Department of Microbiology and Immunology, Cornell University, Ithaca, NY 14853, USA; Center for Infection and Pathobiology, Cornell University, Ithaca, NY 14853, USA; Cornell Institute of Host-Microbe Interactions and Disease, Cornell University, Ithaca, NY 14853, USA. Electronic address: [Email]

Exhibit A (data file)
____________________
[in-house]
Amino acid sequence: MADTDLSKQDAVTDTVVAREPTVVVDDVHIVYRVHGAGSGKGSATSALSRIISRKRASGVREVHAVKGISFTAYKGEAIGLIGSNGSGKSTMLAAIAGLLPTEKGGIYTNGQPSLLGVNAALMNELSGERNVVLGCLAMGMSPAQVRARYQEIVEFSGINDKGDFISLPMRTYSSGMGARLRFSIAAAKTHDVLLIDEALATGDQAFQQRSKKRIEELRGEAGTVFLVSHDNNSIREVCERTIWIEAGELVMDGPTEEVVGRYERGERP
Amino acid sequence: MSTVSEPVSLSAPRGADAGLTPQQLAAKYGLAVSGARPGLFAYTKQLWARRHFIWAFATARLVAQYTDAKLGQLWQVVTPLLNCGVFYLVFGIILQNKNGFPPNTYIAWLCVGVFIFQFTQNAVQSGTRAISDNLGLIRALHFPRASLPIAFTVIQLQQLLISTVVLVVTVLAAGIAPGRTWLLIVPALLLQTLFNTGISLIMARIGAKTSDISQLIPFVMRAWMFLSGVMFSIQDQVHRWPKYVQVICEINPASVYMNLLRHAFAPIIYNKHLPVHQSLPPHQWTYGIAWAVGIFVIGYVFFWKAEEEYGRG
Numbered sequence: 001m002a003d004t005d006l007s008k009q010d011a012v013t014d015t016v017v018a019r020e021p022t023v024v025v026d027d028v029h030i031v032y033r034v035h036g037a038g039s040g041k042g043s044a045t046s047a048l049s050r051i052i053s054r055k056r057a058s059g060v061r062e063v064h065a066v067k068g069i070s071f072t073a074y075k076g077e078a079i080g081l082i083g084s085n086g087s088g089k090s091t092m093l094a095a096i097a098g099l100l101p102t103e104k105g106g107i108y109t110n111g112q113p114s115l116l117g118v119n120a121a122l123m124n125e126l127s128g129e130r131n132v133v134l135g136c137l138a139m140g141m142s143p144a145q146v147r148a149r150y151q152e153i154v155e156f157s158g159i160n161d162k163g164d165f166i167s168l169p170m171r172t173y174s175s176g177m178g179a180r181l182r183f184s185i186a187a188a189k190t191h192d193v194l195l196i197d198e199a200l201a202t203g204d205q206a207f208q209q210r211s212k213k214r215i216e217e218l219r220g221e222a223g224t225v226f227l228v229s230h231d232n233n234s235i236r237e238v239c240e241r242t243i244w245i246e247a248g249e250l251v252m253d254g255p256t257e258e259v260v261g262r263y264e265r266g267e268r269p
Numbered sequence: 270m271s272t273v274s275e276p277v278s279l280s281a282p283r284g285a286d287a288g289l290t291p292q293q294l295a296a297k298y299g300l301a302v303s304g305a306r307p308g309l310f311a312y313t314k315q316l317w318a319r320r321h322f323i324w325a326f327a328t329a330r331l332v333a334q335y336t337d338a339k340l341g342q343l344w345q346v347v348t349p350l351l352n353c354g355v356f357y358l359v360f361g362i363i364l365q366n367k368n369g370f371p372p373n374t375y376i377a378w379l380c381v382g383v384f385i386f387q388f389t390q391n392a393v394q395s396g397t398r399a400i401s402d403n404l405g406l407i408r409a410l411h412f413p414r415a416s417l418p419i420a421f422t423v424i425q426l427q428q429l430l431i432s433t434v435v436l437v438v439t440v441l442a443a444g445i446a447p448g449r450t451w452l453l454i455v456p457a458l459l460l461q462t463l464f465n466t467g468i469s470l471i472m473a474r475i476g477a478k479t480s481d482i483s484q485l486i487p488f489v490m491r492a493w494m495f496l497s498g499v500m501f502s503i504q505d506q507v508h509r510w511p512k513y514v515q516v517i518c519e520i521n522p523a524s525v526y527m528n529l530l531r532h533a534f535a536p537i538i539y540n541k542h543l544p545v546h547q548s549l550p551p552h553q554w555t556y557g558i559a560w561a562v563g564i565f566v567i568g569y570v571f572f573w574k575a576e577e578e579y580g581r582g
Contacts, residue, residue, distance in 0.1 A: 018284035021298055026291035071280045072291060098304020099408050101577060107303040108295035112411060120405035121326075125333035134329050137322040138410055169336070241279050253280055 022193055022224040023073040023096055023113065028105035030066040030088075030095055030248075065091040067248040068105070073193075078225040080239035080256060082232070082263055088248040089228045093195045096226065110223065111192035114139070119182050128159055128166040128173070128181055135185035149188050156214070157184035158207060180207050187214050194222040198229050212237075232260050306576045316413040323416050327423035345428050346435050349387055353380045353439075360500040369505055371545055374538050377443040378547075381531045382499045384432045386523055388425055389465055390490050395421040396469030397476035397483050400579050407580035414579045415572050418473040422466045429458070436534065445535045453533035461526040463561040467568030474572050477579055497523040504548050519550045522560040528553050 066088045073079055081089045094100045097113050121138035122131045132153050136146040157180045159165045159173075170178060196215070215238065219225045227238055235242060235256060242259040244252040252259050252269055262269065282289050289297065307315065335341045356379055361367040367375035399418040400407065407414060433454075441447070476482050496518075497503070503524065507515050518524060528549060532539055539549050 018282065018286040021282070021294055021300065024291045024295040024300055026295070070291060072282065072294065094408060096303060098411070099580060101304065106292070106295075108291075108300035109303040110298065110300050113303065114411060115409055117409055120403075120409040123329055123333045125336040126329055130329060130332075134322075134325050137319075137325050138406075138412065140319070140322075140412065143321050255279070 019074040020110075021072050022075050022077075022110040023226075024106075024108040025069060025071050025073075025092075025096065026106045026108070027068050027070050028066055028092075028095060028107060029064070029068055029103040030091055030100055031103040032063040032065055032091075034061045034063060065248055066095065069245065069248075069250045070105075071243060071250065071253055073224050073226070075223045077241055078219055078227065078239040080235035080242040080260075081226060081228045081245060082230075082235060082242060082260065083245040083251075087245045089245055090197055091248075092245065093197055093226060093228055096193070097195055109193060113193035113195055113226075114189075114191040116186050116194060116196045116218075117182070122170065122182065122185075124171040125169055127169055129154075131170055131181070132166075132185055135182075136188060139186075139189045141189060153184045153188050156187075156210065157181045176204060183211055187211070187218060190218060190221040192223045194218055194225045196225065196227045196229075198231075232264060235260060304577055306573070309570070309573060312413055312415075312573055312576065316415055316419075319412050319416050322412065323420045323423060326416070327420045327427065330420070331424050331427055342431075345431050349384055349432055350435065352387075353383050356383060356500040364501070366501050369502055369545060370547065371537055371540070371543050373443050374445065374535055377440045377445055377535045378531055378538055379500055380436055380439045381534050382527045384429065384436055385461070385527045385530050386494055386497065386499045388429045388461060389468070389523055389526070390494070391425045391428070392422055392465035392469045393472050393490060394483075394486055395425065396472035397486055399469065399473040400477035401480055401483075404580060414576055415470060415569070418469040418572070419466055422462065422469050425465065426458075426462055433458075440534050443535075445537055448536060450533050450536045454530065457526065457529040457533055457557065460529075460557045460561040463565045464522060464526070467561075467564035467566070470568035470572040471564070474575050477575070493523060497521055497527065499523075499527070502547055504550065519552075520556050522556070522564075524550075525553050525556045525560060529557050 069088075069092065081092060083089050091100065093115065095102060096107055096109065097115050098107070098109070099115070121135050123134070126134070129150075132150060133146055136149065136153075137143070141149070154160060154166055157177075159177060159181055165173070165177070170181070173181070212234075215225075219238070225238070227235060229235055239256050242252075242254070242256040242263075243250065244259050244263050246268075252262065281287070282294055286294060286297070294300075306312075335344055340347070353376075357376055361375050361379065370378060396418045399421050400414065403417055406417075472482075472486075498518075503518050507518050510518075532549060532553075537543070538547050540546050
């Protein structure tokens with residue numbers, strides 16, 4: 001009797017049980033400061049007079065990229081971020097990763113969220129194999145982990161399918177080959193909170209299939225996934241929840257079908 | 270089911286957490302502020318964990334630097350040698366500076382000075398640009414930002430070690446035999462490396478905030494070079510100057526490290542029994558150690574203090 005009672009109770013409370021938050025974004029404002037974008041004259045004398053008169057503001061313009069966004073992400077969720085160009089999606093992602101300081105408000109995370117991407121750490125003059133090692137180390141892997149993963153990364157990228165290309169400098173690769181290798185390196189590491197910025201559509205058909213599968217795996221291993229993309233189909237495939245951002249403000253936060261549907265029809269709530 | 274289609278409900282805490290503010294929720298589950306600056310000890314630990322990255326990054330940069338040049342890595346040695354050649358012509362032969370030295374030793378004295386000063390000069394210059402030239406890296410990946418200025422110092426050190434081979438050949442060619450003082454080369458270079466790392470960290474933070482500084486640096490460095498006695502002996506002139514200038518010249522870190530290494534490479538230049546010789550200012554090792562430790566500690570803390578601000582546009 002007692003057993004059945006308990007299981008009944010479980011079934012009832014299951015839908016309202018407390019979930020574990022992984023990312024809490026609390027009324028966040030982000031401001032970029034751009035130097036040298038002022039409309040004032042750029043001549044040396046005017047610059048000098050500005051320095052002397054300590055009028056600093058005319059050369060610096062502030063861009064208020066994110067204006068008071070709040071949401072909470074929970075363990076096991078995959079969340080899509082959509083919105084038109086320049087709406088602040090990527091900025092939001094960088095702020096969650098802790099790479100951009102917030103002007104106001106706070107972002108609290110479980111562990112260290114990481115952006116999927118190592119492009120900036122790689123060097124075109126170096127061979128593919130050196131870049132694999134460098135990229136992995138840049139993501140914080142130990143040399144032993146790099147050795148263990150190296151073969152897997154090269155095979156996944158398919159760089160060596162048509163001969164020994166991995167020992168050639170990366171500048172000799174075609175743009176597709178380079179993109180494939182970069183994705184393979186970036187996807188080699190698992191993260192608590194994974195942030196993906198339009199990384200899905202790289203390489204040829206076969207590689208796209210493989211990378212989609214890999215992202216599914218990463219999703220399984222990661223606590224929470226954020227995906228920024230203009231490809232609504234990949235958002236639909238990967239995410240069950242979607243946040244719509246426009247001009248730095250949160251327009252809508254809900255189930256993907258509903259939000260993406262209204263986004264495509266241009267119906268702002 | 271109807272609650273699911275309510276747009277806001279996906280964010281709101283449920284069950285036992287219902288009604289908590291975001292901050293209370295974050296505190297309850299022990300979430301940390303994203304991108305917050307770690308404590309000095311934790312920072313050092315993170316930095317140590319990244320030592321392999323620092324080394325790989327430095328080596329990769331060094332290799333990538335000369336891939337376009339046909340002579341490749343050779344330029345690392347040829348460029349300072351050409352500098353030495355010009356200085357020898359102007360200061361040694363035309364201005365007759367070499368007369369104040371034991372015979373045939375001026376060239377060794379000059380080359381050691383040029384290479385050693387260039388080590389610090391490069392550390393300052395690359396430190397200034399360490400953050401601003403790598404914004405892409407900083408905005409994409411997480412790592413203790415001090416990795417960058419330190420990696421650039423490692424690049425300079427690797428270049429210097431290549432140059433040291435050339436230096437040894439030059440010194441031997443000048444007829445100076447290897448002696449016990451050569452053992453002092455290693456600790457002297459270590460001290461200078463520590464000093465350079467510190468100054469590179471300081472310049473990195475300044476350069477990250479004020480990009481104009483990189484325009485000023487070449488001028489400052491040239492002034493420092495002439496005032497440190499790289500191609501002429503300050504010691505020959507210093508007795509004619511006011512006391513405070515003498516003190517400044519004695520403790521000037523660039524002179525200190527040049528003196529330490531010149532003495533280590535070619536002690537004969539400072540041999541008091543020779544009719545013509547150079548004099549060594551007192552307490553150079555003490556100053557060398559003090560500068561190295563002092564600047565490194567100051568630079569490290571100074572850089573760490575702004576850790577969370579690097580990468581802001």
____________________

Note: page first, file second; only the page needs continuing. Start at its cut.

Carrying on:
The human intestine harbors an immense, diverse, and critical population of bacteria that has effects on numerous aspects of host physiology, immunity, and disease. Emerging evidence suggests that many of the interactions between the host and the gut microbiota are mediated via the microbial metabolome, or the collection of small-molecule metabolites produced by intestinal bacteria. This review summarizes findings from recent work by focusing on different classes of metabolites produced by the gut microbiota and their effects in modulating host health and disease. These metabolites ultimately serve as a form of communication between the gut microbiome and the host, and a better understanding of this chemical language could potentially lead to novel strategies for treating a wide variety of human disorders.